Alimony Payments Made Under Pre­trial Order—Things to Consider

Harold Geodde

In order for alimony payments made under pretrial order to be deductible (for Adjusted Gross Income) and taxable to the ex-spouse, the following conditions must be met:

(1) Payments must be made in cash

(2) Payments are received under a divorce or separate maintenance court decree

(3) The divorce or separation agreement does not designate the payment as something other than alimony (for example, a property settlement)

(4) The payer­ spouse and recipient­ spouse are not members of the same household at the time the payments are made

(5) There is no requirement to make the payments after the payer or recipient’s death.

A question arose in a recent case as to whether payments made under a pre­trial order are considered as deductible/taxable alimony. In 2009, the husband in question moved out of the marital home but his wife could not pay for the home’s upkeep and other needs. In January 2010, the husband paid his wife $1,000 per month for these expenses, based on a pre­trial order from the state court, so she could maintain her financial status quo. A divorce decree was issued in November 2010 stating alimony was deemed to start in October 2010, and that the husband was required to make $1,000 monthly payments for 24 months.

The IRS claimed that the payments for January­-September 2010 were not deductible because they were not made under a written instrument of a divorce decree. The U.S. Tax Court ruled the payments were alimony and deductible/taxable. The issue in the Tax Court decision was whether the payments were made under a divorce or separation instrument (the IRS claimed the pre­trial payments were not).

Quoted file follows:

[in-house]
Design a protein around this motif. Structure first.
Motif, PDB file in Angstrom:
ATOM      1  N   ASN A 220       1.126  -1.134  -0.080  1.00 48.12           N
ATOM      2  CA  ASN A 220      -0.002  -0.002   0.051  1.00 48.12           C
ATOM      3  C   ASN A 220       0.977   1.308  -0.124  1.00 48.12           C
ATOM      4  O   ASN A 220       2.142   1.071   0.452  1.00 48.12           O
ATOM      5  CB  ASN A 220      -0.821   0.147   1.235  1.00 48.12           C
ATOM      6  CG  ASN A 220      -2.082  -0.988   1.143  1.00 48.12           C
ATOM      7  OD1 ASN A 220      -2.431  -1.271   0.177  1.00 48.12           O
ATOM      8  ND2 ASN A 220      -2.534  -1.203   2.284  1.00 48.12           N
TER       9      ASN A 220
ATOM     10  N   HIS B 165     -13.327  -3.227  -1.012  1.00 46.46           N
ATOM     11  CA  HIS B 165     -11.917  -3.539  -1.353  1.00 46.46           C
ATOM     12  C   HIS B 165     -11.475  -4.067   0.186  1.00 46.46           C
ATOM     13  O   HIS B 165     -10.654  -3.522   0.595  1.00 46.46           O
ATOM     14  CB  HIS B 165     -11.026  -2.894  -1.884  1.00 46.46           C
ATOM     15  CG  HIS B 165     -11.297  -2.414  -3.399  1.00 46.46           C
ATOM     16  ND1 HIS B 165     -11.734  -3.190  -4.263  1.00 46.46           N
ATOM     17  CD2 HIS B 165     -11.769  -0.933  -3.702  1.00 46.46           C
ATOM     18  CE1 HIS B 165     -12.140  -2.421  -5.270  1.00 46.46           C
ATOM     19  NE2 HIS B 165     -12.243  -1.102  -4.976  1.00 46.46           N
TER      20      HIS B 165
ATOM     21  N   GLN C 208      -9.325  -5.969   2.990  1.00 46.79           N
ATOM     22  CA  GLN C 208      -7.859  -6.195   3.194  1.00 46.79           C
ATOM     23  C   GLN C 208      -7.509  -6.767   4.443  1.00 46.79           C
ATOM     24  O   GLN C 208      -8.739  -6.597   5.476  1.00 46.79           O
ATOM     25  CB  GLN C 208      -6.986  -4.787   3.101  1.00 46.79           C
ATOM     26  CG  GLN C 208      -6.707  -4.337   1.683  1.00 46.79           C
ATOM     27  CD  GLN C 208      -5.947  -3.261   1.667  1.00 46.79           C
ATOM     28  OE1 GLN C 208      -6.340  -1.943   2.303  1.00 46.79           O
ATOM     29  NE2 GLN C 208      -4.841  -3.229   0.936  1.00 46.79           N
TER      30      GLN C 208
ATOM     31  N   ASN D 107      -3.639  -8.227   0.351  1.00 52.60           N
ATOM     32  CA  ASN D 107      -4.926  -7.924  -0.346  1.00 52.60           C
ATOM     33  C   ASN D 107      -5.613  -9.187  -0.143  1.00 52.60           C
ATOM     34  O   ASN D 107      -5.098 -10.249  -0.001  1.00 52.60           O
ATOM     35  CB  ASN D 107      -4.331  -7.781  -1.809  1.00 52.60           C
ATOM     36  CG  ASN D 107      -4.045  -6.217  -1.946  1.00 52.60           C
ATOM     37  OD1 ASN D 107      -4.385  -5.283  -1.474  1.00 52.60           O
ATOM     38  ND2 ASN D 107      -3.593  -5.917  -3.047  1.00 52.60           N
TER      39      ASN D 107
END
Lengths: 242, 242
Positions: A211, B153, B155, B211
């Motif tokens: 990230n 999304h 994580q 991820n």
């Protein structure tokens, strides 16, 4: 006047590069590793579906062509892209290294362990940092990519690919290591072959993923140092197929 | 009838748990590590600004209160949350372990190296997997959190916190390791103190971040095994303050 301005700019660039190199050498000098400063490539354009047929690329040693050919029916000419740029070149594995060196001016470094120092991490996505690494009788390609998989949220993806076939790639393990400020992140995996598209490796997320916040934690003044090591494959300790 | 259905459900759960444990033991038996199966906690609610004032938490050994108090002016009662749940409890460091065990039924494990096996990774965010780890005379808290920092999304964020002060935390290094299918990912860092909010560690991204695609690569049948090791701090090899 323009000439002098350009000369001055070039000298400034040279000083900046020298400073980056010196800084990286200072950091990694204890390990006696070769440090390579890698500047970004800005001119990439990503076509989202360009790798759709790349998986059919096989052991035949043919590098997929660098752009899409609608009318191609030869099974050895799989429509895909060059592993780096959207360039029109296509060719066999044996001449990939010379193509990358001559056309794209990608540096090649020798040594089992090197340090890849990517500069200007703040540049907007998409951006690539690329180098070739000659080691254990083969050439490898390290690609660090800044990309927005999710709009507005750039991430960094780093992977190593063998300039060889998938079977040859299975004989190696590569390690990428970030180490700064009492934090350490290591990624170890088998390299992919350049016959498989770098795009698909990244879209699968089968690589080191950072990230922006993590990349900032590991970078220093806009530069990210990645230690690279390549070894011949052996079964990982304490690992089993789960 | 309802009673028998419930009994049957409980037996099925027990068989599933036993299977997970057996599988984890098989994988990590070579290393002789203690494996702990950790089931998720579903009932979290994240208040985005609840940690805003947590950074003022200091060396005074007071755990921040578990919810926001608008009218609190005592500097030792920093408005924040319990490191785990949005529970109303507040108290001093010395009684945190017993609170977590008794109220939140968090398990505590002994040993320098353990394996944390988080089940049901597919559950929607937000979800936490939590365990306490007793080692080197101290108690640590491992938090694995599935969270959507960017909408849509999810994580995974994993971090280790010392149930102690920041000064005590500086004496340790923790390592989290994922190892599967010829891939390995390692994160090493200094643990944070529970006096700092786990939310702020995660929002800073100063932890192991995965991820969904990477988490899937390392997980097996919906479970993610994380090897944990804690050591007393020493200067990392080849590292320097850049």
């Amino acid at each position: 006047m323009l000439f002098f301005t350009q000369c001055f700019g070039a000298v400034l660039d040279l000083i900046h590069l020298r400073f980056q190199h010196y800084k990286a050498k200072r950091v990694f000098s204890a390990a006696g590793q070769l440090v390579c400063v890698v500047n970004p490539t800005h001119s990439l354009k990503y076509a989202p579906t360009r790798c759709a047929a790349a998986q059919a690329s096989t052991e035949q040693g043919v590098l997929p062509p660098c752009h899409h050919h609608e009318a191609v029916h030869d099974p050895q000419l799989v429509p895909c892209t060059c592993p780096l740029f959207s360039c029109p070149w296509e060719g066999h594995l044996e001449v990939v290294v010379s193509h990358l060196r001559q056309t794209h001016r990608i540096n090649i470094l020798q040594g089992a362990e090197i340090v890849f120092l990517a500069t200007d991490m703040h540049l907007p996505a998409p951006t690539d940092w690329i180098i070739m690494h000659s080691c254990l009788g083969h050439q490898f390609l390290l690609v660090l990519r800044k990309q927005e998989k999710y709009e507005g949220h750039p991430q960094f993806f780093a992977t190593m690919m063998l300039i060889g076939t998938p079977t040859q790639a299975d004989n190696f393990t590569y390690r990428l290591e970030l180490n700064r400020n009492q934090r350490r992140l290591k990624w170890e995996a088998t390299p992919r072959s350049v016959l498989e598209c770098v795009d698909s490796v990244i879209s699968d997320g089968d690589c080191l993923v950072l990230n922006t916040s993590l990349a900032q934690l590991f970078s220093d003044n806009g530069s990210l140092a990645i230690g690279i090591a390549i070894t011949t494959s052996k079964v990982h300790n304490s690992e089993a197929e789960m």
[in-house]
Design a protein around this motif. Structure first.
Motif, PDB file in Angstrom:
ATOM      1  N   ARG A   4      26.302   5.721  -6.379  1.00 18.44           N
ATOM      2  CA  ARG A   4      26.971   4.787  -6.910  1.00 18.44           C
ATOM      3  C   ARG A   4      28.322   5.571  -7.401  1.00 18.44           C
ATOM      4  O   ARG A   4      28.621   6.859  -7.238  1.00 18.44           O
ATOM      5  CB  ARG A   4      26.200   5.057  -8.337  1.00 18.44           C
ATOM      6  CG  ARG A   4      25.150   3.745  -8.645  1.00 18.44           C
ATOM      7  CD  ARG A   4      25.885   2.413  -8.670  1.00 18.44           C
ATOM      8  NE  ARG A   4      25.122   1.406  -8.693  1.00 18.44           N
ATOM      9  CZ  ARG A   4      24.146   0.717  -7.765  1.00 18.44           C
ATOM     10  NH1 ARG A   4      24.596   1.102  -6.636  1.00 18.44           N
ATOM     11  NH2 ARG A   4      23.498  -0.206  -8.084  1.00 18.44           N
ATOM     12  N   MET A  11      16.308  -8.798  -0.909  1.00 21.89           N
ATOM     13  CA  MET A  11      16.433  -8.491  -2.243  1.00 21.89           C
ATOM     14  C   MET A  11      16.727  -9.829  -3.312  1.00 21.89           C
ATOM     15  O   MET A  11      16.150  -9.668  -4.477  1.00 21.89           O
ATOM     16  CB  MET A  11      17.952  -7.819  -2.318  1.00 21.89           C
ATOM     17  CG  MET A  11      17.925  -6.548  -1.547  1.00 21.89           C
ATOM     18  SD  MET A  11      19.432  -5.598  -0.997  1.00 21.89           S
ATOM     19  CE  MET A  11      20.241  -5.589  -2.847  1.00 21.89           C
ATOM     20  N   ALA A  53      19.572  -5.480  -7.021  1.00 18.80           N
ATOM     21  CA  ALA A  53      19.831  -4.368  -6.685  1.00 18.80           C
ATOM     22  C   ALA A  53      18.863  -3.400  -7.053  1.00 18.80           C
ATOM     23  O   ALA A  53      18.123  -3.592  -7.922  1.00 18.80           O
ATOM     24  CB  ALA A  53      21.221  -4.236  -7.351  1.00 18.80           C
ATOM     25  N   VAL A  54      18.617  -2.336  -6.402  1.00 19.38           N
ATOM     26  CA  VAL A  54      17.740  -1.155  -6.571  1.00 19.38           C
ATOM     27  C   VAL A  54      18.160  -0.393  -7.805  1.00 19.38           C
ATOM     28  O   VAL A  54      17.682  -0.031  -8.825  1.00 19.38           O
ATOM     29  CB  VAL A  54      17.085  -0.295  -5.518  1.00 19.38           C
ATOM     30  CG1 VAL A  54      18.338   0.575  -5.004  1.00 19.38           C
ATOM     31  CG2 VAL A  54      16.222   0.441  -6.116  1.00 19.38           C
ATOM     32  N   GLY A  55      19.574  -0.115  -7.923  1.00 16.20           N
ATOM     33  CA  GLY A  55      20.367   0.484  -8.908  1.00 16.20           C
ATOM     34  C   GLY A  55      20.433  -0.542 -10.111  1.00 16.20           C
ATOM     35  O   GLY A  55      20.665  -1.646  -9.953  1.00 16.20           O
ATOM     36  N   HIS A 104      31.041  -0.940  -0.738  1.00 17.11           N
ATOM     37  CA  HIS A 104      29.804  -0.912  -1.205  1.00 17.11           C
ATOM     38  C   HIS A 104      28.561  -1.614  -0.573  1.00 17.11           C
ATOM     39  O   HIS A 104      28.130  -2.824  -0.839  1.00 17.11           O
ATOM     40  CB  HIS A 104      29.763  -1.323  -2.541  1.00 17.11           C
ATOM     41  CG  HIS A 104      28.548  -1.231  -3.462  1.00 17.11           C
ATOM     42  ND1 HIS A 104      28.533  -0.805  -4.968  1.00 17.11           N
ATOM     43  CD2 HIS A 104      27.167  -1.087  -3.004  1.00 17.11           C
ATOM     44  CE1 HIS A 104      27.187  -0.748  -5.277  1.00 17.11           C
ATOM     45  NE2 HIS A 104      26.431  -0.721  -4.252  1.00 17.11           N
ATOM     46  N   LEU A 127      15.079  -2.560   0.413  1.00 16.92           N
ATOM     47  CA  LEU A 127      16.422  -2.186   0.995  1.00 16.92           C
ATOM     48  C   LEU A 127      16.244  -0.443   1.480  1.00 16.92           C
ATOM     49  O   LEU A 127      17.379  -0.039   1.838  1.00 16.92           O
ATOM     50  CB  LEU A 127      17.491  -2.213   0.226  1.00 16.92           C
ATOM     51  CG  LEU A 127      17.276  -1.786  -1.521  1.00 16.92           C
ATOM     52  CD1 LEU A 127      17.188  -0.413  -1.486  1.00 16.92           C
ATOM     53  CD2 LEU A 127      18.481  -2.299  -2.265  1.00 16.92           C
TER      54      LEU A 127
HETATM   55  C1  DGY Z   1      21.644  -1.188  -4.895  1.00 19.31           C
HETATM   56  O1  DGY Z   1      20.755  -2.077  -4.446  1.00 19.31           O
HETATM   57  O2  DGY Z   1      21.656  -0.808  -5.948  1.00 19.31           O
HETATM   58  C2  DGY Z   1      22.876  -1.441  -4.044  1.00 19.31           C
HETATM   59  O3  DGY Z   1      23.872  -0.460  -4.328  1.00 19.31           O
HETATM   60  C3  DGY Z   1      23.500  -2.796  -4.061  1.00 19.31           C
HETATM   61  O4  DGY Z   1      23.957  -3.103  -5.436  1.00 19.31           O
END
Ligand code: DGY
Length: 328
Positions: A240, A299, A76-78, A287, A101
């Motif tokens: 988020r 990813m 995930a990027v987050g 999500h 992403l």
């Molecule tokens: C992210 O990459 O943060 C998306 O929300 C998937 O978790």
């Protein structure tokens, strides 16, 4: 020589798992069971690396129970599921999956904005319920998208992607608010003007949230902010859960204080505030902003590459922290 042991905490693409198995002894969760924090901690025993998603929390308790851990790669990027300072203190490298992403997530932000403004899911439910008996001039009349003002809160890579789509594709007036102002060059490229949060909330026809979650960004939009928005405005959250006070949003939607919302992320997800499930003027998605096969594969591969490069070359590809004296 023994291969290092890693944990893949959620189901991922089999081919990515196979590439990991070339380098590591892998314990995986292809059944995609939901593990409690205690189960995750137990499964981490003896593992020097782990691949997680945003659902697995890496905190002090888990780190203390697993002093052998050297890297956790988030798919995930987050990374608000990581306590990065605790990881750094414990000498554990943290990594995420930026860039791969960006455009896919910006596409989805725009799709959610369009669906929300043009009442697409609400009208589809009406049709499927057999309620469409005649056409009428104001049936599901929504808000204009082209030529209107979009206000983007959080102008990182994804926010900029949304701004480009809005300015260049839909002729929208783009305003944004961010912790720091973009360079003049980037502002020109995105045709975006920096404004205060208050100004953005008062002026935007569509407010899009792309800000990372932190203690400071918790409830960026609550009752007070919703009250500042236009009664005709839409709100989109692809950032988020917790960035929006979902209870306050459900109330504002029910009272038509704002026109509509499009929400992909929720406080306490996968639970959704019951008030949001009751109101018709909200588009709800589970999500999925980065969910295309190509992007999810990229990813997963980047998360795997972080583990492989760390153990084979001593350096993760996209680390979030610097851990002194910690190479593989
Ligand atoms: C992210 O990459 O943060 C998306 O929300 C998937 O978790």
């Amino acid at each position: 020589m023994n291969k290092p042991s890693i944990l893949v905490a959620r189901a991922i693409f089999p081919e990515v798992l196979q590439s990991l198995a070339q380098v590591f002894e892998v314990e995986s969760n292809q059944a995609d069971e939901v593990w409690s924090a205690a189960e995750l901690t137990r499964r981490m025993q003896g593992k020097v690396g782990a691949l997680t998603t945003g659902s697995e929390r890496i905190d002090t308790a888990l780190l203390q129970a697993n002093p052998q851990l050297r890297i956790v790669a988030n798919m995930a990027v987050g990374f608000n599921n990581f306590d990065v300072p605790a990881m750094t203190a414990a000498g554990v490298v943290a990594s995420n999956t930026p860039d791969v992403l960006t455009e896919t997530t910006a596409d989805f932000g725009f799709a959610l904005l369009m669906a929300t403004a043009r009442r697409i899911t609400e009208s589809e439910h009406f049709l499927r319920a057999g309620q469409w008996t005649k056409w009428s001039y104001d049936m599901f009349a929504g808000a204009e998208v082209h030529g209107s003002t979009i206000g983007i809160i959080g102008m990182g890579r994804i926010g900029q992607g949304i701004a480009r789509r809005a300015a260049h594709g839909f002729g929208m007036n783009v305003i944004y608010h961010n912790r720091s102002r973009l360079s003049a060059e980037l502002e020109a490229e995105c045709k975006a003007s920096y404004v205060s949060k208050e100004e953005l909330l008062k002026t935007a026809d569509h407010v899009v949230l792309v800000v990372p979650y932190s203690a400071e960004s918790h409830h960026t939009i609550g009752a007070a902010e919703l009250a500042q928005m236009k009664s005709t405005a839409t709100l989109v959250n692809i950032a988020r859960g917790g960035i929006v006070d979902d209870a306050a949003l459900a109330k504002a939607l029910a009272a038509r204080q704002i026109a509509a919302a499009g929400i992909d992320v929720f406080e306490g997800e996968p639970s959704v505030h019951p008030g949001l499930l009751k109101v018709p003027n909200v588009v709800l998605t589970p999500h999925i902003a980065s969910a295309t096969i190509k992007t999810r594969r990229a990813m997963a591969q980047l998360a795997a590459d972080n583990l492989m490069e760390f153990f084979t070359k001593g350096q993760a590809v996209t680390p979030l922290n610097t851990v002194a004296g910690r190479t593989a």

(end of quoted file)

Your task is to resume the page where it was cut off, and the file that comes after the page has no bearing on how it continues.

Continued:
The IRC states that the terms of a divorce or separation instrument must include a written statement incident to a divorce or separate maintenance decree. The Code does not state the medium nor form of writing for the decree. In the end, the court ruled that the pre­trial order is a written instrument incident to a divorce or separate maintenance decree. The pre­trial order did not state that the payments cease at the ex­-spouse’s death, but Alabama law was clear on the nature of the payments. The pre­trial order was intended to maintain the status quo of the ex-spouse until a final judgment of divorce was issued; under Alabama law, such payments end when either spouse dies. The Tax Court concluded that the fifth requirement (see the list above) was met and the pre­trial payments were deductible/taxable.

[Barry Maurice Anderson. TC Memo 2016­47]

Dr. Goedde is a former college professor who taught income tax, auditing, personal finance, and financial accounting and has 25 years of experience preparing income tax returns and consulting. He published many accounting and tax articles in professional journals. He is presently retired and does tax return preparation and consulting. He also writes articles on various aspects of taxation. During tax season he works as a volunteer income tax return preparer for seniors and low income persons in the IRS’s VITA program.

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